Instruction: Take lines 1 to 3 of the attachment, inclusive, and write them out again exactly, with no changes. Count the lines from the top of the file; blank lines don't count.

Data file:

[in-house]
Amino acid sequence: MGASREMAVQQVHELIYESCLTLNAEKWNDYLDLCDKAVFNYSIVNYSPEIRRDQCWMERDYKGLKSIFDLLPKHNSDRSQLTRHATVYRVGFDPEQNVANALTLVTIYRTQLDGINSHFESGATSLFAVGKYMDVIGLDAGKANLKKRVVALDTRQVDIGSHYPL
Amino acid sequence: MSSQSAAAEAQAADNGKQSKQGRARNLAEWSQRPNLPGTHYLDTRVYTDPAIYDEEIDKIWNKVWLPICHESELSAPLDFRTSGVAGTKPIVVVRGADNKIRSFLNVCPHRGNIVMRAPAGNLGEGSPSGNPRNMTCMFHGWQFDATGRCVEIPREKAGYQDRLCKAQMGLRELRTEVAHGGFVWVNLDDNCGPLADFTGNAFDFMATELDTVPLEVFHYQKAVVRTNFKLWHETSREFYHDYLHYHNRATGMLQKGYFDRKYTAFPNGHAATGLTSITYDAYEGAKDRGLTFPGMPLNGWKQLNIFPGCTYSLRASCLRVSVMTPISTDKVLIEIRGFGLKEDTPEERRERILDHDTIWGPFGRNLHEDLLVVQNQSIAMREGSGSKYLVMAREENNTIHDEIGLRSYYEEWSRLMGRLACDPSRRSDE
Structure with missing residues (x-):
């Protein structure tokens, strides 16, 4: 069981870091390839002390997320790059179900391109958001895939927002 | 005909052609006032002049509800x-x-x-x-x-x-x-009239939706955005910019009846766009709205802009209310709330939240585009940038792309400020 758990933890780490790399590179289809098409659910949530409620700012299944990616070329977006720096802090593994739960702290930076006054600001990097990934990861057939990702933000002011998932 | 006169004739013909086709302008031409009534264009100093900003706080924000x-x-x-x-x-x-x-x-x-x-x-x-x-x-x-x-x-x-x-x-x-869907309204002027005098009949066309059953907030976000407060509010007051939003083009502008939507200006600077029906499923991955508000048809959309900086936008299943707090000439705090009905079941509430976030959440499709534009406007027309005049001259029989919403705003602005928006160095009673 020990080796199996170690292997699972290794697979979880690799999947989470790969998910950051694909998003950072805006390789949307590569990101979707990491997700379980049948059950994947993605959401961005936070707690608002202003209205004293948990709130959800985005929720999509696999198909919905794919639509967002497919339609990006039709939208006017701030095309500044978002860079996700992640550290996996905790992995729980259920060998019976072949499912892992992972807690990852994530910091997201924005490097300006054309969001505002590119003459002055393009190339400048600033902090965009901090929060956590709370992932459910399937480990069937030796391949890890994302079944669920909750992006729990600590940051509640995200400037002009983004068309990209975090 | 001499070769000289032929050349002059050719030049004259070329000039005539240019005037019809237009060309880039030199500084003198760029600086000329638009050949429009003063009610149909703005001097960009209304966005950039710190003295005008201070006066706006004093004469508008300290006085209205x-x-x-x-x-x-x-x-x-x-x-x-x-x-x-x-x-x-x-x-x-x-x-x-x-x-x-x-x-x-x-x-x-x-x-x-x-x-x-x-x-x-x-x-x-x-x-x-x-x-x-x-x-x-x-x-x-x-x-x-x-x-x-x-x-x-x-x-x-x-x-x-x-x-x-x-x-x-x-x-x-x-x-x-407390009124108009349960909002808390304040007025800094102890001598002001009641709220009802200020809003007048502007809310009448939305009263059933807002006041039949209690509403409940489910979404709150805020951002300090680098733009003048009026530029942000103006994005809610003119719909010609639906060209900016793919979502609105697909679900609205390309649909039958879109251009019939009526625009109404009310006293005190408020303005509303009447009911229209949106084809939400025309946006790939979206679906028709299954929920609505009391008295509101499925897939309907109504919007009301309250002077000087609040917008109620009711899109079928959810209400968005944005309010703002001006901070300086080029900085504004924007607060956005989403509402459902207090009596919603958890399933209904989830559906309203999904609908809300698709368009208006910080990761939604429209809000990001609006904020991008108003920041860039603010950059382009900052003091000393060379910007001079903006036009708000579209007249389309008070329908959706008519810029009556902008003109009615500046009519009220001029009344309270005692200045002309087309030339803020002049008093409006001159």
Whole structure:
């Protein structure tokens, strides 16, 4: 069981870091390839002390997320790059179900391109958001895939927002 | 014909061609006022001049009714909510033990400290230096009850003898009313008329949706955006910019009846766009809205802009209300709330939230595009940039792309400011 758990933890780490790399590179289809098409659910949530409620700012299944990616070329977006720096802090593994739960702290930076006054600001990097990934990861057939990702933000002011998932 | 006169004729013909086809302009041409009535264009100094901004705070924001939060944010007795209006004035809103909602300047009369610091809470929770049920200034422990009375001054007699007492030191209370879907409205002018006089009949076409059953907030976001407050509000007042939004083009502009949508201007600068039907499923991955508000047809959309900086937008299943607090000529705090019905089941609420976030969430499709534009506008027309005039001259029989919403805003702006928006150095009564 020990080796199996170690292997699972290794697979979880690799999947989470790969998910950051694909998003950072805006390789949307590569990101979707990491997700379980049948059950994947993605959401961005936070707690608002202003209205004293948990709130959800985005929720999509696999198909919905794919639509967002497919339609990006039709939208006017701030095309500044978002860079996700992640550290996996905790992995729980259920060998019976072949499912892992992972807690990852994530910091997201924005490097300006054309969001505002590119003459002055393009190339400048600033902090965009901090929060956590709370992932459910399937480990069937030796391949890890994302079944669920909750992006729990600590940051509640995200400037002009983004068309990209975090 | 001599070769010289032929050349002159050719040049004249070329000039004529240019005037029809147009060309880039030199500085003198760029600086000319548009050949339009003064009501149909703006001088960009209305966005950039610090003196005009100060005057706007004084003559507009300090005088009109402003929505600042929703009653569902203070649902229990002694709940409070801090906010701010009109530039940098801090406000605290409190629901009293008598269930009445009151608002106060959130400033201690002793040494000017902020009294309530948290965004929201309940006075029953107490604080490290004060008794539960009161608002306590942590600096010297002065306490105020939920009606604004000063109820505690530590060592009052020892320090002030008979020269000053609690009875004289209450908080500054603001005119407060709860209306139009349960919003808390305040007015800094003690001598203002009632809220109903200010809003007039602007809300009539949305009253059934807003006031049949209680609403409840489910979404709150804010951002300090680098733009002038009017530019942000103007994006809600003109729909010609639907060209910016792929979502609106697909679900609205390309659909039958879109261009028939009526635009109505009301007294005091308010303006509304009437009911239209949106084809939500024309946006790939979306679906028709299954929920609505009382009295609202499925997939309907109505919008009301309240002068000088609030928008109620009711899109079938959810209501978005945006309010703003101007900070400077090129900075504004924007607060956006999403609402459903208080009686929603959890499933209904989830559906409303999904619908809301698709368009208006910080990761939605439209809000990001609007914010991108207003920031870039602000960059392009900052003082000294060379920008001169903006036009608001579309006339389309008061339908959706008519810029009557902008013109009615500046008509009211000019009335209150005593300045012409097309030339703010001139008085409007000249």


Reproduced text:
[in-house]
Amino acid sequence: MGASREMAVQQVHELIYESCLTLNAEKWNDYLDLCDKAVFNYSIVNYSPEIRRDQCWMERDYKGLKSIFDLLPKHNSDRSQLTRHATVYRVGFDPEQNVANALTLVTIYRTQLDGINSHFESGATSLFAVGKYMDVIGLDAGKANLKKRVVALDTRQVDIGSHYPL
Amino acid sequence: MSSQSAAAEAQAADNGKQSKQGRARNLAEWSQRPNLPGTHYLDTRVYTDPAIYDEEIDKIWNKVWLPICHESELSAPLDFRTSGVAGTKPIVVVRGADNKIRSFLNVCPHRGNIVMRAPAGNLGEGSPSGNPRNMTCMFHGWQFDATGRCVEIPREKAGYQDRLCKAQMGLRELRTEVAHGGFVWVNLDDNCGPLADFTGNAFDFMATELDTVPLEVFHYQKAVVRTNFKLWHETSREFYHDYLHYHNRATGMLQKGYFDRKYTAFPNGHAATGLTSITYDAYEGAKDRGLTFPGMPLNGWKQLNIFPGCTYSLRASCLRVSVMTPISTDKVLIEIRGFGLKEDTPEERRERILDHDTIWGPFGRNLHEDLLVVQNQSIAMREGSGSKYLVMAREENNTIHDEIGLRSYYEEWSRLMGRLACDPSRRSDE